treasureseason from Norwich in England is the ‘dancing in a trance’ duo of David Powell and Jess Bartlet.

treasureseason - dancing in a trance - from England


One thing I can assure you of with treasureseason is to turn up the bass, as the duo play much of their music in the upper octaves and without the boost of a sub-woofer you will miss much of the value. Is it dance, is it trance? A very valid question, but lean in close to your partner and move, I am sure you also will not be able to ascertain who is holding up whom, but, your body will be flowing in time with the electronic pulses.

treasureseason produce music which flows inside the mind with unsettling beats as the sounds skip across tempos, ensuring the listener stays alert to the tempestuous confusion, yet, the out-put simultaneously wrests to a continual flow of notes to which the muscles react of their own accord.

The drum-loops are set to a tempo which discombobulates the electronic notes, which gives the compositions their intrigue. A vocal floats gently betwixt the patterns of sound as treasureseason – seek at once to calm and confuse. You know what – for its very variance, there is more than a kernel of added value to the world of music and kudos to the duo for experimenting with the disparities of the timing.

Now – I am off to find out who is holding up whom as the two of us flow around the room accompanied by treasureseason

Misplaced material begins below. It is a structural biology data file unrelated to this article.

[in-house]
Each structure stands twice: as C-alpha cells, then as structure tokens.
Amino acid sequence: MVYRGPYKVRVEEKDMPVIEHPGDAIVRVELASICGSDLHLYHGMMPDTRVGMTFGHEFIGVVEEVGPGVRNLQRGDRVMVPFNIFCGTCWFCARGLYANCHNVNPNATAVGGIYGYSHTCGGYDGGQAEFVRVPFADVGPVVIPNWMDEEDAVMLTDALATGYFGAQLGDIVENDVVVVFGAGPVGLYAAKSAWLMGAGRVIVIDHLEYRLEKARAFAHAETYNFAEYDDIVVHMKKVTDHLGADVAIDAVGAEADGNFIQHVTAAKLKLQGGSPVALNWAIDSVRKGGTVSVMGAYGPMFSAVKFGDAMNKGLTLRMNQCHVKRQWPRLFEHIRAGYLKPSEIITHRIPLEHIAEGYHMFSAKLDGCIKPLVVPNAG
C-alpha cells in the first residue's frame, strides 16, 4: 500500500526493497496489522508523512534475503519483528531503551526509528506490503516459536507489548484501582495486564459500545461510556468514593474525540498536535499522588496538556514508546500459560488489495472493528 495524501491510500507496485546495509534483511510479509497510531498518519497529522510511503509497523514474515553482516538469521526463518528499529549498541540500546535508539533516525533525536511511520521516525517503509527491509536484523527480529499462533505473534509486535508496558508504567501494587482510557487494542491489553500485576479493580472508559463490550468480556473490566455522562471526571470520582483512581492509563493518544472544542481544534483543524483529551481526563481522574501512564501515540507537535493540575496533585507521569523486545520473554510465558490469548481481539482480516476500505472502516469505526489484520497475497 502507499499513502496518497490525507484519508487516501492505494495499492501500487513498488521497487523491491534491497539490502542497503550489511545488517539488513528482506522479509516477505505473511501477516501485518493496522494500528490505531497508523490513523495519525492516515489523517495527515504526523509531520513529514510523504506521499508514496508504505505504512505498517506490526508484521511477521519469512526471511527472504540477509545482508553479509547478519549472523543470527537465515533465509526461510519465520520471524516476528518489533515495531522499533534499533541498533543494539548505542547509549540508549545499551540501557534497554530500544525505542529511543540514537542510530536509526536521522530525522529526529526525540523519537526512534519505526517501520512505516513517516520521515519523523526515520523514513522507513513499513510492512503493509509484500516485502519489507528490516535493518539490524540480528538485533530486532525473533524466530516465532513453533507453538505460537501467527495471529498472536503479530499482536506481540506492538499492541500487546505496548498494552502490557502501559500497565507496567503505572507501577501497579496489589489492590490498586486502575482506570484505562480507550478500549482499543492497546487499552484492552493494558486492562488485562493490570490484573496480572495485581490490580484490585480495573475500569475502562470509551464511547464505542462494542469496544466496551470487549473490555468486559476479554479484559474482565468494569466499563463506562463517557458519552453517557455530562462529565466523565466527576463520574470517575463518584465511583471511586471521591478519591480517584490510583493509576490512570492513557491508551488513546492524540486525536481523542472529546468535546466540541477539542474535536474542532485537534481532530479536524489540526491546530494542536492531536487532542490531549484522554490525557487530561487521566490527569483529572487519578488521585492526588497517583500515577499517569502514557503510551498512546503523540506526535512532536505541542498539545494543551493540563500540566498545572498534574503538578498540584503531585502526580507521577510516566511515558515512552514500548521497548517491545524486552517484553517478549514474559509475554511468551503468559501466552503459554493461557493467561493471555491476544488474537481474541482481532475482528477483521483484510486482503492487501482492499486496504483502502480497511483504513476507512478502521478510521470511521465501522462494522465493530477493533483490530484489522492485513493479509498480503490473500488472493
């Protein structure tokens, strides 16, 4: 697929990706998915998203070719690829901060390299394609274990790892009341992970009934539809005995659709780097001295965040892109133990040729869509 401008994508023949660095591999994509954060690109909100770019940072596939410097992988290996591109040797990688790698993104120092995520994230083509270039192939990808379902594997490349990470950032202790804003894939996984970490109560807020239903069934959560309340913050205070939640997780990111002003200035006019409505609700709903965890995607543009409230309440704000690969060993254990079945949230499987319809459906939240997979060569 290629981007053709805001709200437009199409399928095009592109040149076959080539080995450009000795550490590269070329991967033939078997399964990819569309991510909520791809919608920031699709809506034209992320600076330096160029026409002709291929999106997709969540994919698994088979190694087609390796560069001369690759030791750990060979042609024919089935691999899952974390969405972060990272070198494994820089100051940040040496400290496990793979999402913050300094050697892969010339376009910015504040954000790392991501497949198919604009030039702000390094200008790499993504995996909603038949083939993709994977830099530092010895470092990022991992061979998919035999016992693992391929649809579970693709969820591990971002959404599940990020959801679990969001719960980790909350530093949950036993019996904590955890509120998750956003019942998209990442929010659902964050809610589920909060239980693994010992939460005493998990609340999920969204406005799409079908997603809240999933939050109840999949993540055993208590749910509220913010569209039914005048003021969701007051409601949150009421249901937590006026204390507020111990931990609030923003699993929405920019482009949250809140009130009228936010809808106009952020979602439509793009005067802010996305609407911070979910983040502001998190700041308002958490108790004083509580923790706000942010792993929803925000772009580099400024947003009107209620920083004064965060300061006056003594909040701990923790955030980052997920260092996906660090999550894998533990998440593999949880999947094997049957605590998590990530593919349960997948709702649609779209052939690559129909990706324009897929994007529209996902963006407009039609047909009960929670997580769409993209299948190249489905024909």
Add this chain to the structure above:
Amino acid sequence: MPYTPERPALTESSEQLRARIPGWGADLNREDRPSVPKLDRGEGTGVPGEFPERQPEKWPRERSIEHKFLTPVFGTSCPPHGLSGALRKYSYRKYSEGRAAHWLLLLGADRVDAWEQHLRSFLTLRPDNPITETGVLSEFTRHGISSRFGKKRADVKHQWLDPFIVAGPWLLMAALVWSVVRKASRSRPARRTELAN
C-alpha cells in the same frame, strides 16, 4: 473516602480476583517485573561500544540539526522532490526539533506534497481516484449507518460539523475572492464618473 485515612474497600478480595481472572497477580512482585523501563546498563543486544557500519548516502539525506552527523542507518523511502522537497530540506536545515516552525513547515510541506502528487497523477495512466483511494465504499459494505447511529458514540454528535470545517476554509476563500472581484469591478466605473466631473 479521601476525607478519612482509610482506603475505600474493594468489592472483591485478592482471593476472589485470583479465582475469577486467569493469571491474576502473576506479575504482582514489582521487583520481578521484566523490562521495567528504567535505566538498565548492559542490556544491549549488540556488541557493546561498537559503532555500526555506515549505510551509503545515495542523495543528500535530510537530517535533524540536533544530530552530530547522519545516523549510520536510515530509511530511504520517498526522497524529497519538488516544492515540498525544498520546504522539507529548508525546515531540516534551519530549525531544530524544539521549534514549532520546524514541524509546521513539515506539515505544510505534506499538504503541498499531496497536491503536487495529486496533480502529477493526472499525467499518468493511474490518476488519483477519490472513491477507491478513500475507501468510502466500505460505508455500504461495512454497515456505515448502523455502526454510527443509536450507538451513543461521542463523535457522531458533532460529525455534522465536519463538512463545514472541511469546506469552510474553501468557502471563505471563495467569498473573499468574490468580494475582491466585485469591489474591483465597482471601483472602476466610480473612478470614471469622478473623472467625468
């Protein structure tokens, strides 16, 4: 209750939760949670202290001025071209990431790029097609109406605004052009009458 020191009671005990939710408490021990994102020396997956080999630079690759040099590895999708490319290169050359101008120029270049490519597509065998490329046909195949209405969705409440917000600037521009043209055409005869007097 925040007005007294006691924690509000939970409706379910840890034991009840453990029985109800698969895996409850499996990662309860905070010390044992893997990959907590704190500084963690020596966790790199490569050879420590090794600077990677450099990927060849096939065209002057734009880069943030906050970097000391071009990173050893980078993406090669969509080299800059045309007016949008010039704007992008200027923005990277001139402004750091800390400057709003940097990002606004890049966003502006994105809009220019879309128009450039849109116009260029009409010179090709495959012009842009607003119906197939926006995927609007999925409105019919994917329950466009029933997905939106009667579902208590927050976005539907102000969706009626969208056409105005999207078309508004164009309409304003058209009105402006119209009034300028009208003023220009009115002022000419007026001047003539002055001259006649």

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Julep – EP – Treasureseason is available on iTunes.*

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Plus is Paul Hiller (Bass / Synth / Vocals), David Powell (Guitar / Synth / Vocals), Dave Farina (Drums / Synth / Samples / Vocals) and Cameron Gharaee (Synth / Guitar / Vocals) an electro-rock band from Los Angeles in the USA.

Plus - alt electro from the USA


It is something of a surprise to find Plus emanates from Los Angeles and good on them for challenging the local mores, as importantly, regardless of their home base there are some smartly crafted tunes to be found.

On the surface this all sounds very clean and glossy, but there is an underlying current that scratches at the veins and the mind is forced to focus and finds there is a deftly able quartet at work as they deliver music which has a liveliness to it that belies the umpteen computers being used to generate the noises to accompany drums, guitar and vocal. Avoiding the trap of ever present loops Plus use the technology intelligently so that the synthesized sounds form a framework not a focal point which enables the listener to relate to the out-put.

I am not sure what is it about this I really enjoy. Is it I feel wish that Plus just get a little bit grittier and subsume themselves in the European scene, or is it because the frothiness is just a pleasure in its own right? Either way, the material serves its purpose admirably, as I just need to hear more to keep on scratching that itch and will keep playing their music on the playlist – ‘One more time please’.


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